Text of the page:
Covering all the bases when it comes to commercial property insurance

Covering all the bases when it comes to commercial property insurance | Insurance Business Canada

Covering all the bases when it comes to commercial property insurance

This article was produced in partnership with MyInsurance Broker

Karen Surca, of Insurance Business Canada, sat down with Simon Walker, special lines manager with MyInsurance Broker, to discuss the need for special occupancy and comprehensive insurance coverage for commercial contractors to be firmly in place before a claim is made to avoid a financial sting.

Hindsight is 20/20, and this simple truth applies aptly to the realm of commercial property insurance. 

When claims happen, and they do, it becomes crucial to have had adequate insurance in place from the outset – coverage that has taken into account what those claims costs could amount to.

According to Simon Walker (pictured), special lines manager with MyInsurance Broker, there are specific occupancy and insurance coverage areas that need to be addressed to help minimize the financial sting of a damage claim for a commercial property.

For MyInsurance Broker, these focus areas boil down to fire protection for a commercial property, attention to maintenance and repair standards, and being aware of liability exposures, as well as estimated replacement costs.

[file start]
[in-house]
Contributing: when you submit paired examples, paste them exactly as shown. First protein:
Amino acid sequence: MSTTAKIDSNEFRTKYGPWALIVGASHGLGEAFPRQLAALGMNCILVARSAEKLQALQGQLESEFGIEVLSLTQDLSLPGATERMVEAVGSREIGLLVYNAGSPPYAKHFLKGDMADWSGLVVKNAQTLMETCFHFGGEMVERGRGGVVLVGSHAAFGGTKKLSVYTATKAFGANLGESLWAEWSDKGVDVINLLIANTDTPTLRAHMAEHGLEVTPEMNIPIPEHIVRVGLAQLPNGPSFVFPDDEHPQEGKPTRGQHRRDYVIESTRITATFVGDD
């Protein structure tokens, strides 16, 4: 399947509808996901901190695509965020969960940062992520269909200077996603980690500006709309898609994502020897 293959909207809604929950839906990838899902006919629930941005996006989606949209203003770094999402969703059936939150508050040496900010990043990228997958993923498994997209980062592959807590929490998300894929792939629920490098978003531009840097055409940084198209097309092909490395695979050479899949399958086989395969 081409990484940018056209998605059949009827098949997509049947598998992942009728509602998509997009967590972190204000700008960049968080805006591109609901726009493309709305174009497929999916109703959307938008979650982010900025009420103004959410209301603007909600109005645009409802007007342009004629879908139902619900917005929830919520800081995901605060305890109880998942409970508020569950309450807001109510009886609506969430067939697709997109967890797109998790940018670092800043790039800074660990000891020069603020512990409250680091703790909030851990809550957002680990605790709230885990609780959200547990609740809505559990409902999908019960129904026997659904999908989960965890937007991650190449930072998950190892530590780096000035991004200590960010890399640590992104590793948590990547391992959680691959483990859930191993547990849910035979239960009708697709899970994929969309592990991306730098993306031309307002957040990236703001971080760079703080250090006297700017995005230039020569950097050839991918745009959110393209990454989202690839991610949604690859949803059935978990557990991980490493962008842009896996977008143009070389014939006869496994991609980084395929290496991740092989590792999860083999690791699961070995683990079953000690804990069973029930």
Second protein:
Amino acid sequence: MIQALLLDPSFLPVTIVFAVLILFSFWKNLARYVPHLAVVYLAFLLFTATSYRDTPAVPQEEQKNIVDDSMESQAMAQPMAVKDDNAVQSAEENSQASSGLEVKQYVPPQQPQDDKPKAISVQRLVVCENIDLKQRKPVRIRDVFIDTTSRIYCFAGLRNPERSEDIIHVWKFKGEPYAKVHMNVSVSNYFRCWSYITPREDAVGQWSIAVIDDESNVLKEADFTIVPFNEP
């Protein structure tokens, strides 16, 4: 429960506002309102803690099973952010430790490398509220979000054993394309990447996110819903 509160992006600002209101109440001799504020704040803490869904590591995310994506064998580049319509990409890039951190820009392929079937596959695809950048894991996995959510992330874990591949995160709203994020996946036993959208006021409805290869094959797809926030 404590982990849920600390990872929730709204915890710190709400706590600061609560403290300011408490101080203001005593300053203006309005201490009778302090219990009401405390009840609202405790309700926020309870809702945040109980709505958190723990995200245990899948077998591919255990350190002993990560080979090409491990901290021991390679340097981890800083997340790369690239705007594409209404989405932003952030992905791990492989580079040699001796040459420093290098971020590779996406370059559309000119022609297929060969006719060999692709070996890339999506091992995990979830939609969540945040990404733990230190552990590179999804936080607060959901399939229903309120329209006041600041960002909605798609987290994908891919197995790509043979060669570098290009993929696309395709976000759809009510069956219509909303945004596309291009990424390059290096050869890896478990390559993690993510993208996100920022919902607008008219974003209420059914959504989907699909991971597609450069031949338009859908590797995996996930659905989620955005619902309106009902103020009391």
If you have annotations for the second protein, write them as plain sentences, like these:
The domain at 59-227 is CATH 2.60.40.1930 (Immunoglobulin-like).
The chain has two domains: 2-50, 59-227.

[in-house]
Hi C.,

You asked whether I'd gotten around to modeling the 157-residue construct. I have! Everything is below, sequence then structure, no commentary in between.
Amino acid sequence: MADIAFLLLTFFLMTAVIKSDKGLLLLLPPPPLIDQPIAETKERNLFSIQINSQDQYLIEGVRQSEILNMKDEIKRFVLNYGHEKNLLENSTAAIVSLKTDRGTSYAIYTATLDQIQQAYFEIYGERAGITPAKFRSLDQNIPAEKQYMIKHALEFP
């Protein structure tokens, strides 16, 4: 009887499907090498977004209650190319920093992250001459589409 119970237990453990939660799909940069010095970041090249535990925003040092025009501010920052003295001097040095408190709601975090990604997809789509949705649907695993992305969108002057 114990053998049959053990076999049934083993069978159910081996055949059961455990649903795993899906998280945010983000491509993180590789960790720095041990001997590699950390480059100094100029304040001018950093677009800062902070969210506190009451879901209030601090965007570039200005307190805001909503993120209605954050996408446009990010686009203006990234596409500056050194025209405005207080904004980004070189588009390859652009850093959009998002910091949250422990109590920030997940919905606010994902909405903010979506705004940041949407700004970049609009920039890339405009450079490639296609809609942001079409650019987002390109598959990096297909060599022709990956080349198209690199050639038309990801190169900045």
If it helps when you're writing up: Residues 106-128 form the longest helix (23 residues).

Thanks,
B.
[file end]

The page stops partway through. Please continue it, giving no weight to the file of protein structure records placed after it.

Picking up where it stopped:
“Beyond these elements, we worry about frequency and severity. This is primarily what insurance is all about,” Walker explained.

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“The difficulty here is that if you have frequency on its own, it is manageable. If you have severity on its own, it is manageable. If you have them both together it is extremely hard to handle because you can’t correctly predict.”

With the sheer increase in the number of natural disasters and weather events, coupled with the extreme nature of them, insurance providers are finding it increasingly difficult to predict adequate insurance coverage for commercial properties. There is insufficient historical data available to use as a compass.

Walker pointed out that often “the reinsurance market, opposed to standard insurers, typically take on catastrophic loss, trying to integrate with the local insurance market.”

Bearing the brunt of these claims has forced reinsurers to raise their rates, which has a direct impact on the rates standard insurers will charge.

“It’s a butterfly effect. We do not live in a closed insurance system, it is a larger [insurance] ecosystem,” Walker explained.

Covering the commercial bases

Walker is quick to highlight that, unfortunately, far too often insufficient insurance coverage is taken out to fully cover rising replacement costs, due in large part to inflationary factors and the increase in labor and material costs.

When a claim is made towards the commercial property, the business may face a financial shock. If the commercial property was not adequately covered when the insurance was first taken out, a business may face a financial penalty. 

The rule of thumb to avoid being underinsured is to make sure a commercial property is insured at its value, or at least near value. This means having the commercial property inspected to determine its value at the outset.